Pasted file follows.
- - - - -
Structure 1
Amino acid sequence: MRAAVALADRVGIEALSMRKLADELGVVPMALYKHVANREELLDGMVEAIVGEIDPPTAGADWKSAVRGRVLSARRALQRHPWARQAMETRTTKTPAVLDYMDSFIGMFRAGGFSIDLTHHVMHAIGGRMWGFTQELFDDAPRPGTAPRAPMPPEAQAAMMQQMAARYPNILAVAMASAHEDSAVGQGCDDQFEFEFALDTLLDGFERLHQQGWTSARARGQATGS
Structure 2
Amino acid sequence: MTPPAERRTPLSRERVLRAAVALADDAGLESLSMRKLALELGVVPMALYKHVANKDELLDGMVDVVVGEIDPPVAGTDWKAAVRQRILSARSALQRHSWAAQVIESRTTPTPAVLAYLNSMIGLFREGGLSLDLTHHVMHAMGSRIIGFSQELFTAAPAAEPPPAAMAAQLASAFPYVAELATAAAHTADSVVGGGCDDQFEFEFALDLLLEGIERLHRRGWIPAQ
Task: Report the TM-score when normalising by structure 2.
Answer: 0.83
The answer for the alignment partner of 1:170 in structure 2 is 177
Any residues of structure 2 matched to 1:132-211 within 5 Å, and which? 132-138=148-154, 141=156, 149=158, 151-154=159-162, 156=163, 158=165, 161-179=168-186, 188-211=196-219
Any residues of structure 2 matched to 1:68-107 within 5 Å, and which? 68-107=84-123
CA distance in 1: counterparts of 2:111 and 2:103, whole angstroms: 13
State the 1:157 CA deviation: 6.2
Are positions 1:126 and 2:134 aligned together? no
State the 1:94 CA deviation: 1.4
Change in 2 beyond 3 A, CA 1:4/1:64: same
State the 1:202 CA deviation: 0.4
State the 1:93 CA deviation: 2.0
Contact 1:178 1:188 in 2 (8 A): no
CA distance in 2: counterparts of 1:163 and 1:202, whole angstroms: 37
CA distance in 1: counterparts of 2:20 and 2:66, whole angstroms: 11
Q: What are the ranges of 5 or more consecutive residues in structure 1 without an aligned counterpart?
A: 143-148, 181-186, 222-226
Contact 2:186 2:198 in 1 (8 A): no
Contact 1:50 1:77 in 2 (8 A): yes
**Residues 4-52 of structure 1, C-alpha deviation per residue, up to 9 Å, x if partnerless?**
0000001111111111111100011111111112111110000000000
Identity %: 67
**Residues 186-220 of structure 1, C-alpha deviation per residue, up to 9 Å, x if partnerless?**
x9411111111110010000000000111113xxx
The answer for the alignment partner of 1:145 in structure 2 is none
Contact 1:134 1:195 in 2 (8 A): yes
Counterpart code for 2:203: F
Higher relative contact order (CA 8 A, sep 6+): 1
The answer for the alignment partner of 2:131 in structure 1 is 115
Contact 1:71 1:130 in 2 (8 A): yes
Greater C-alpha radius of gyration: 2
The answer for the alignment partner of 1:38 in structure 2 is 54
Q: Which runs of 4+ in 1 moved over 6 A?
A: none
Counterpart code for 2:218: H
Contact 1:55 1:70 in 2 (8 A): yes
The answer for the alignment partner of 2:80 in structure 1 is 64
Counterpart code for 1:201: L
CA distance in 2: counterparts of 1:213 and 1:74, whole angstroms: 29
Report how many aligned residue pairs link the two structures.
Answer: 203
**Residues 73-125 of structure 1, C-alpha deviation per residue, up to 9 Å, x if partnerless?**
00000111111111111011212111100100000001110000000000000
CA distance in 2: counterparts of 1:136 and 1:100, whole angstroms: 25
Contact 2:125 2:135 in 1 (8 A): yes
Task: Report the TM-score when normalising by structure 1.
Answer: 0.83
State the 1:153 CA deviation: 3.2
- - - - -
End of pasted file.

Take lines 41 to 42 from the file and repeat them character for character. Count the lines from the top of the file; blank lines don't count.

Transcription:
The answer for the alignment partner of 2:80 in structure 1 is 64
Counterpart code for 1:201: L